11. A solution of ethyl alcohol (C2H5OH) in water has a concentration of 20.56% v/v. What volume of C2H5OH is present in 255 mL of solution?

    12. What mass of KCl is present in 475 mL of a 1.09% m/v aqueous solution?

    13. The average human body contains 5,830 g of blood. What mass of arsenic is present in the body if the amount in blood is 0.55 ppm?

    14. The Occupational Safety and Health Administration has set a limit of 200 ppm as the maximum safe exposure level for carbon monoxide (CO). If an average breath has a mass of 1.286 g, what is the maximum mass of CO that can be inhaled at that maximum safe exposure level?

    15. Which concentration is greater—15 ppm or 1,500 ppb?

    16. Express the concentration 7,580 ppm in parts per billion.

    17. What is the molarity of 0.500 L of a potassium chromate solution containing 0.0650 mol of K2CrO4?

    18. What is the molarity of 4.50 L of a solution containing 0.206 mol of urea [(NH2)2CO]?

    19. What is the molarity of a 2.66 L aqueous solution containing 56.9 g of NaBr?

    20. If 3.08 g of Ca(OH)2 is dissolved in enough water to make 0.875 L of solution, what is the molarity of the Ca(OH)2?

    21. What mass of HCl is present in 825 mL of a 1.25 M solution?

    22. What mass of isopropyl alcohol (C3H8O) is dissolved in 2.050 L of a 4.45 M aqueous C3H8O solution?

    23. What volume of 0.345 M NaCl solution is needed to obtain 10.0 g of NaCl?

    24. How many milliliters of a 0.0015 M cocaine hydrochloride (C17H22ClNO4) solution is needed to obtain 0.010 g of the solute?

    25. Aqueous calcium chloride reacts with aqueous silver nitrate according to the following balanced chemical equation:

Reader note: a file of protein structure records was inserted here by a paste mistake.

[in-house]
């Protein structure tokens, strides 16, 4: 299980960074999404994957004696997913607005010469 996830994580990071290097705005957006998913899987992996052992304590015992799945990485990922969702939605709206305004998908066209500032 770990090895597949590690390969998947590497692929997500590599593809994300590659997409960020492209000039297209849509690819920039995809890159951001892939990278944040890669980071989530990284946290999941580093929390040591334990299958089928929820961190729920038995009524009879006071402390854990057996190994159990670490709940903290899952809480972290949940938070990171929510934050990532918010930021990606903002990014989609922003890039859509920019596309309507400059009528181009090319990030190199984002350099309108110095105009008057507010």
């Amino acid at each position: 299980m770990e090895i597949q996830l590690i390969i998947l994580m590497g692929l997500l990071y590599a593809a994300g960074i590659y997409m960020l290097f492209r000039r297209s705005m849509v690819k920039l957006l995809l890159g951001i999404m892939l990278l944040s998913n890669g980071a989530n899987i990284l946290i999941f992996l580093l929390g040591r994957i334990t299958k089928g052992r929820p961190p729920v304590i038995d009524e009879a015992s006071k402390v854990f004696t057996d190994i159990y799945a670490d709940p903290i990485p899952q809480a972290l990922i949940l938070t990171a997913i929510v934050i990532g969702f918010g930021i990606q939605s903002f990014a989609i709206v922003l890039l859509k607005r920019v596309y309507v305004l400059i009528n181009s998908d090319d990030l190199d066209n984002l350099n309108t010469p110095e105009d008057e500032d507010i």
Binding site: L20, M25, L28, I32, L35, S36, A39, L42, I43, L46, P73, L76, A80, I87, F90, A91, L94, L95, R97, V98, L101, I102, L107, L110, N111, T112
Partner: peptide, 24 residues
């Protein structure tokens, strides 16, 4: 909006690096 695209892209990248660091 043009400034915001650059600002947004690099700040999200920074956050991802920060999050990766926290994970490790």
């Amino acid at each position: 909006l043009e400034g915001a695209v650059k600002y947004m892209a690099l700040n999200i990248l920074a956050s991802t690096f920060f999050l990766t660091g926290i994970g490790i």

CaCl2(aq) + 2AgNO3(aq) → 2AgCl(s) + Ca(NO3)2(aq)

      How many moles of AgCl(s) are made if 0.557 L of 0.235 M CaCl2 react with excess AgNO3? How many grams of AgCl are made?

    26. Sodium bicarbonate (NaHCO3) is used to react with acid spills. The reaction with sulfuric acid (H2SO4) is as follows:

      2NaHCO3(s) + H2SO4(aq) → Na2SO4(aq) + 2H2O(ℓ) + 2CO2(g)

      If 27.6 mL of a 6.25 M H2SO4 solution were spilled, how many moles of NaHCO3 would be needed to react with the acid? How many grams of NaHCO3 is this?

    27. The fermentation of glucose to make ethanol and carbon dioxide has the following overall chemical equation:

      C6H12O6(aq) → 2C2H5OH(aq) + 2CO2(g)

      If 1.00 L of a 0.567 M solution of C6H12O6 were completely fermented, what would be the resulting concentration of the C2H5OH solution? How many moles of CO2 would be formed? How many grams is this? If each mole of CO2 had a volume of 24.5 L, what volume of CO2 is produced?